When installing my sailboat’s autopilot a number of years ago, I mounted the fluxgate compass in several locations before it worked properly.
Trying to position the compass close to the boat’s center, I temporarily mounted it under the galley sink using double-faced tape. When I checked it against my accurate cockpit compass, the readings differed significantly.
I tried another location under the galley sink, and this time, the readings differed by only 1 degree. Apparently the first location was too close to my 4,000-pound steel keel. Ever since, the compass has performed extremely well when checked against my GPS.
Recently while under power on a long straight run between buoys, I turned on the autopilot so I could enjoy a quick sandwich. I could see the distant target buoy, but the boat abruptly turned 45 degrees. The autopilot heading and cockpit compass reflected the difference. I rebooted the autopilot with the same results.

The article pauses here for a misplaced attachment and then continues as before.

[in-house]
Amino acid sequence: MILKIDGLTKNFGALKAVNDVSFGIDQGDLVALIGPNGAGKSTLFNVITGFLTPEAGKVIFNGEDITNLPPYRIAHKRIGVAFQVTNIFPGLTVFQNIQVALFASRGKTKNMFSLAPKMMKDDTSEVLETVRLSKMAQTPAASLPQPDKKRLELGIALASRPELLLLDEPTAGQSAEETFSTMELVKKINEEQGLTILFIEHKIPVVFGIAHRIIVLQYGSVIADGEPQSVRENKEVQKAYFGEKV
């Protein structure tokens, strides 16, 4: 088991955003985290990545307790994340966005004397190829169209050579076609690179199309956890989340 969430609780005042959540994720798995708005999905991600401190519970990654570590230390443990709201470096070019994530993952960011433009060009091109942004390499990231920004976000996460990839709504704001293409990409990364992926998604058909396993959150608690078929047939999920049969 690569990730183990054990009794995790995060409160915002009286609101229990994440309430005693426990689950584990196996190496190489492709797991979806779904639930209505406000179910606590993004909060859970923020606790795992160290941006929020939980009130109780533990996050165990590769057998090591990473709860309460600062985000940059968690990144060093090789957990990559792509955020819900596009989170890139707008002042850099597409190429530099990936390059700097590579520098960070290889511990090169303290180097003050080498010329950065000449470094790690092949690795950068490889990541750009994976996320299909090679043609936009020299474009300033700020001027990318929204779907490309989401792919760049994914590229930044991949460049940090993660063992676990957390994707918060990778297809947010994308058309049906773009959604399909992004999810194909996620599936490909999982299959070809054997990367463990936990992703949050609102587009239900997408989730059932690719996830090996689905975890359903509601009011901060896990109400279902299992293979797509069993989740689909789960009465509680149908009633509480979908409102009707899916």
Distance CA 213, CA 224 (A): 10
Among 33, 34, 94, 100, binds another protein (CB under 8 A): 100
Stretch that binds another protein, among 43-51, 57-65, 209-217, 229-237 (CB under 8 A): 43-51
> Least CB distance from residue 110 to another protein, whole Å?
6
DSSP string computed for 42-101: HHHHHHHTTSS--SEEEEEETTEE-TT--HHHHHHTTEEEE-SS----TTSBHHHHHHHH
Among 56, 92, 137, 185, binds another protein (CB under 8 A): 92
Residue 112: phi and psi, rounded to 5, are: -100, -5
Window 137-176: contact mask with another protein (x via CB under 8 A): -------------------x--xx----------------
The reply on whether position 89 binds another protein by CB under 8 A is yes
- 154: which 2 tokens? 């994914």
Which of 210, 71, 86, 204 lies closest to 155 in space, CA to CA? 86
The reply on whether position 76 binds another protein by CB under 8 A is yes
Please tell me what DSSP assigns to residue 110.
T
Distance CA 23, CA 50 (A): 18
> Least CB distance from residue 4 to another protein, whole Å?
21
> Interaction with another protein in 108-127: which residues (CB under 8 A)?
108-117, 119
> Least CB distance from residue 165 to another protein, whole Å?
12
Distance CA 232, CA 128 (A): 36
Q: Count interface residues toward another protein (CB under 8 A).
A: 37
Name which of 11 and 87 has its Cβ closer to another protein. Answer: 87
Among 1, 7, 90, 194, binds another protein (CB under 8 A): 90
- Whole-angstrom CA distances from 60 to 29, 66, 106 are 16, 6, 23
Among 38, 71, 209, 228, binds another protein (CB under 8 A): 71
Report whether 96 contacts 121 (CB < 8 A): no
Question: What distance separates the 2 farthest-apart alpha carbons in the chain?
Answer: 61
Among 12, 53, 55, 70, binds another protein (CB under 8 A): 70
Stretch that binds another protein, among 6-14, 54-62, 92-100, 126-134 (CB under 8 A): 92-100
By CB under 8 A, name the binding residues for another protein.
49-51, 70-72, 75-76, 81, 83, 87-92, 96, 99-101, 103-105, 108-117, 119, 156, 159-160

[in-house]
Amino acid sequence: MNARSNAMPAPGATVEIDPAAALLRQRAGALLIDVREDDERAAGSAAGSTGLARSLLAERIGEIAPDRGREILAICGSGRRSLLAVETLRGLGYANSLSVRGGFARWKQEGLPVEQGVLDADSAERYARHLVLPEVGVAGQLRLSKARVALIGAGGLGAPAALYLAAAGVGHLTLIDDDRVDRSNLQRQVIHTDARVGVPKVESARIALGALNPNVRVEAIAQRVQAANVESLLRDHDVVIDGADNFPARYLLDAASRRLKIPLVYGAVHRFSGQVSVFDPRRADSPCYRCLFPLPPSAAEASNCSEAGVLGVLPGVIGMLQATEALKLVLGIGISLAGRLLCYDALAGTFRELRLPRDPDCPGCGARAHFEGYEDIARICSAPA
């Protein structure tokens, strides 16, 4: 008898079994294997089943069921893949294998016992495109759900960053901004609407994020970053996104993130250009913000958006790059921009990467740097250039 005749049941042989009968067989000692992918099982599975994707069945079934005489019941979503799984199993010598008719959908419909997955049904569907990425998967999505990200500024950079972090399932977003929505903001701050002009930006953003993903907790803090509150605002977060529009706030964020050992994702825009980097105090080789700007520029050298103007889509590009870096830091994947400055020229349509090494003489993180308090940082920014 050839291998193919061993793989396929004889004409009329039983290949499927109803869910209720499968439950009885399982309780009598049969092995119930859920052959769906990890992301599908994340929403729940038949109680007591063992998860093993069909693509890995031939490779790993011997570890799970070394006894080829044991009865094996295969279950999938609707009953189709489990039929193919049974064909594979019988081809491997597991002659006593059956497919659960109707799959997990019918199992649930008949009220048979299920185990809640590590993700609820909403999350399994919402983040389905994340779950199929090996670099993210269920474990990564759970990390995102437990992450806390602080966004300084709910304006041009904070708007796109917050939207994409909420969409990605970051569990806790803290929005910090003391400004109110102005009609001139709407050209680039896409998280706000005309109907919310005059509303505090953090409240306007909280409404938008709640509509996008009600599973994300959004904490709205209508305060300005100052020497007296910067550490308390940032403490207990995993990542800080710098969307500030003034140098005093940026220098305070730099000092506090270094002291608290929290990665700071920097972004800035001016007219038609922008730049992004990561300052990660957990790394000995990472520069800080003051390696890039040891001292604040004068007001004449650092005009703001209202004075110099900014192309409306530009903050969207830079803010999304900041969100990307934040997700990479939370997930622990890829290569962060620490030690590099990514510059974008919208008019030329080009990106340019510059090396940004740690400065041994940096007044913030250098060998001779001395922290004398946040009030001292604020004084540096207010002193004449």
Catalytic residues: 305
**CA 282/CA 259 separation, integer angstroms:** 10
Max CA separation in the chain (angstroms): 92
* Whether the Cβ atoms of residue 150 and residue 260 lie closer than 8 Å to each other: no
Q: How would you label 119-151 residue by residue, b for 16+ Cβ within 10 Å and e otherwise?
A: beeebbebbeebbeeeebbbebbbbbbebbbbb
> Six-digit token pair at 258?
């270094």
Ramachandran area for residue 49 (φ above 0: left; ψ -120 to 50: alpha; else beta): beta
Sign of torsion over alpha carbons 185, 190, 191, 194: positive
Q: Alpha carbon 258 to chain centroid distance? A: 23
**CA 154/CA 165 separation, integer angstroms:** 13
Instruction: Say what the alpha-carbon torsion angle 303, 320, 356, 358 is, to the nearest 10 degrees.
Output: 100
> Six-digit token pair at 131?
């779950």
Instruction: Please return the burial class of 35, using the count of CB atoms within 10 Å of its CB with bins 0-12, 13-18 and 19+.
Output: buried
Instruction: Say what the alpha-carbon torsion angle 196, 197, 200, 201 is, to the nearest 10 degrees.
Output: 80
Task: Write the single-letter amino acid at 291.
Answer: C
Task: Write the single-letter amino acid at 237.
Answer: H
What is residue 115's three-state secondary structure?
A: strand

While eating, I kept the boat on course by frequently pressing the autopilot’s plus and minus buttons. Afterward, I turned off the erratic autopilot and resumed steering with the wheel.
Later that day, I went below to inspect the area beneath the galley sink where I also keep a few pots and a large can of hand cleaner.
The previous day, a large wake thrown by a passing powerboat must have tossed the pots and hand cleaner near the fluxgate compass. When I removed the metal objects and turned on the autopilot, its reading agreed with the cockpit compass.
Lesson learned: Always keep metal objects away from the autopilot compass.